Friday | December 15, 2017
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County budget should be cut

The Hawaii Island Chamber of Commerce, representing its 275 businesses and community members on the island, is alarmed to see the proposed 2017-18 Hawaii County budget has reached a level of $491.2 million, resulting in probable tax increases of 6.1 percent.

In context, we note the following:

• The 2000-01 county budget was $175 million. This year’s proposed budget is a 280 percent increase over the budget of just 17 years ago.

• Population has grown from approximately 149,000 to 198,000 during that period.

• On a prorated basis, this works out to a county budget of $1,200 per person in 2000 and $2,500 per person in 2017, an increase of 108 percent.

• The average inflation rate has been a little more than 2 percent per year during the same period.

In short, the growth in budget cannot be explained by a combination of population growth and inflation. Although the county might be operating differently now than it did in 2000, as residents it is difficult for us to see improvements in services or new services that explain the differences.

We see from reports and understand the challenge of employment cost increases set at the state level and loss of transient accommodation tax funds also at the state level. As businesses, we, too, have increases passed on to us from suppliers, governments and others on a regular basis.

Beyond that, we find that competitive challenges from the internet, competitors in our own market and others drive us to increase customer service and add new services. While it is widely thought that businesses simply pass on higher costs to their customers, this is not often possible and certainly not possible on a cost-for-cost basis. In that sense, all organizations — government, private and non-governmental organizations — are in the same situation. We all face the same basic issues, although they might come in different forms.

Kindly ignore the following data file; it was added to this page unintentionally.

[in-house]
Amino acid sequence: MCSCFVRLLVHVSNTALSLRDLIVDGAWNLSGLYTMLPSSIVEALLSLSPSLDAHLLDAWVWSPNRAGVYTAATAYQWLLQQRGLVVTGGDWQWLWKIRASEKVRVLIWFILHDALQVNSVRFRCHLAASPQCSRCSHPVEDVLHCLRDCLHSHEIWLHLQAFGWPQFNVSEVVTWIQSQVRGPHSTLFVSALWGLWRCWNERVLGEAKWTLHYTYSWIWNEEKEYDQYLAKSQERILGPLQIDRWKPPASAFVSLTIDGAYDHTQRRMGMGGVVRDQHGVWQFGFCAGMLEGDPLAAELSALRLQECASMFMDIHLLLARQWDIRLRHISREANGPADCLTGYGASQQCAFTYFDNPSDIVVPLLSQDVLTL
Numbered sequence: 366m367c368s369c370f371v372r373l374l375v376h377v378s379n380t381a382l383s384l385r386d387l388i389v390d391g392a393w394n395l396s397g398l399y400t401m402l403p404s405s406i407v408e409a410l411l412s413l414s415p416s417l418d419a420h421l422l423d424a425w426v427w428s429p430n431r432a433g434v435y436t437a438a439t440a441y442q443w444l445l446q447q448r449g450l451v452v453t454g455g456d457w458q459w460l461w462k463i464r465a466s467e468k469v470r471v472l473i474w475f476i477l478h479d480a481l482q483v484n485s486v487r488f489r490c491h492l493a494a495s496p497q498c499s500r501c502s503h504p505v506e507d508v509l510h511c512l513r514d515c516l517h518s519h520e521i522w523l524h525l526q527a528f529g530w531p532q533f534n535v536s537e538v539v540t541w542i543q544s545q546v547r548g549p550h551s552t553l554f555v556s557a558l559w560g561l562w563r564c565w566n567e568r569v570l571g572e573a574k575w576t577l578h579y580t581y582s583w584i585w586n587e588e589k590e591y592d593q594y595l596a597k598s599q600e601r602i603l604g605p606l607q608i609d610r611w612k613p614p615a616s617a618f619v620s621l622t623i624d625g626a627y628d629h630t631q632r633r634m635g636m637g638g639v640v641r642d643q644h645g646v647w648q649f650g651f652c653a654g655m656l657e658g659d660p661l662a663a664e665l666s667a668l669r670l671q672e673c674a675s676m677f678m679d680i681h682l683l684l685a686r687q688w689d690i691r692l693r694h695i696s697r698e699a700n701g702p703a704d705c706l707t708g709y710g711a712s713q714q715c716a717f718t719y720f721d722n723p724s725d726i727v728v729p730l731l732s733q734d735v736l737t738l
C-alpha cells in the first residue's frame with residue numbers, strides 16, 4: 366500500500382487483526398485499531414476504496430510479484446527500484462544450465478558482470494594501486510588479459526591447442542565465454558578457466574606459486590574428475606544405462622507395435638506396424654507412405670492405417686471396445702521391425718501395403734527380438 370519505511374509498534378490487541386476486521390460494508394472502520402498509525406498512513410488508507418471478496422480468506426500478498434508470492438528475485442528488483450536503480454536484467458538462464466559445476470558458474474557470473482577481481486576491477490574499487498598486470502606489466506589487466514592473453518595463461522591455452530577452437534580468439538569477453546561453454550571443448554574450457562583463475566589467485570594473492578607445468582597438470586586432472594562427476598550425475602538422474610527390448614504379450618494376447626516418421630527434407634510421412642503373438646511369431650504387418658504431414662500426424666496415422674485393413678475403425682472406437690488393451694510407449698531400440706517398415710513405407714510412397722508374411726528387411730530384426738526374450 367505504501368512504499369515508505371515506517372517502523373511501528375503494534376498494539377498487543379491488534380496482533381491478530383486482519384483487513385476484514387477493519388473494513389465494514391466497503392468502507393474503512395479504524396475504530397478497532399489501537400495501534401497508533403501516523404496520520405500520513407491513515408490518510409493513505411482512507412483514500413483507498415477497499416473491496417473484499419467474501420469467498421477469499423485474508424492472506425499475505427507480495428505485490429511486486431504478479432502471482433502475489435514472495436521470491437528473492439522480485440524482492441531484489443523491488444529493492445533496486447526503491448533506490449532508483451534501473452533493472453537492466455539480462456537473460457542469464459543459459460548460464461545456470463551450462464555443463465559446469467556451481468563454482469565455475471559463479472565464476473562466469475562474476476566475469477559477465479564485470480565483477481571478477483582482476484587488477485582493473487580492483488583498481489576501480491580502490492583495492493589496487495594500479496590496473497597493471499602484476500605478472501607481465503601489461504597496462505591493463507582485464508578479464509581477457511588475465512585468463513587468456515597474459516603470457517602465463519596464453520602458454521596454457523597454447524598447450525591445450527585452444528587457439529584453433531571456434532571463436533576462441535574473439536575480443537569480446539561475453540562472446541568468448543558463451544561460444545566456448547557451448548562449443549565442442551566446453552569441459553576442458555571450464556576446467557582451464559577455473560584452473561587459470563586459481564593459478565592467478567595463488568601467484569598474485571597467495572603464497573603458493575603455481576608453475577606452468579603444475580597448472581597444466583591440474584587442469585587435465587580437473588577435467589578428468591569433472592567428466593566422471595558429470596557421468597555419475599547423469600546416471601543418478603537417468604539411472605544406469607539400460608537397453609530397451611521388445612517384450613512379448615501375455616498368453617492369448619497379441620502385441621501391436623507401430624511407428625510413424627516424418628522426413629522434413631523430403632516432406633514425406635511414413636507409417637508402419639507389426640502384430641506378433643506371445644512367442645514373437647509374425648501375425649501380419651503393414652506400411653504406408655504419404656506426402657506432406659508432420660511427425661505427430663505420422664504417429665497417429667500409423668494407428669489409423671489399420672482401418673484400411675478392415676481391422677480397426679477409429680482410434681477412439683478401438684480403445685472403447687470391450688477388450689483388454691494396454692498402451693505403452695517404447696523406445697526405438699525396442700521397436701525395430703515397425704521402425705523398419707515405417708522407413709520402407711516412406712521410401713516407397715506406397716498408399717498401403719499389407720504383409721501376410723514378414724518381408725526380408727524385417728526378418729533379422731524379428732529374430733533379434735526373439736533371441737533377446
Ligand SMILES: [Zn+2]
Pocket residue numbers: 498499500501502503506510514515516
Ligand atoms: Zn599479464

When we see new or increased costs coming to us, businesses have limited options. We might be able to increase our prices somewhat; we might be able to find ways to become more efficient; we might find that certain services no longer can be offered; we might find it necessary to reduce employment, either replacing lost employees with new equipment or reduced services; or we might simply have to absorb the new costs through reductions in margin.

In essence, government is in a similar position in that there is a point where it no longer can pass on the effect of higher employment costs or lower revenues because of citizen resistance. We think that this is such an occasion.

In context, the economy is strong and has been strengthening for several years. Real estate prices are on the rise and have been increasing for several years. If, under this condition, the county cannot make its original budget, the budget needs to be reduced to the point where it is not in deficit and does not require an increase in taxes. This, the chamber believes, is what is required for the county to right size its budget.

If taxes must be raised when economic times are strong, we shudder to think of what will happen when the inevitable downturn arrives. Better to prepare for that scenario by right-sizing when times are good.

We need a budget that the county (its residents) can truly afford.

Thank you for this opportunity to express our thoughts and concerns.

Mike Kaleikini is president of the Hawaii Island Chamber of Commerce.


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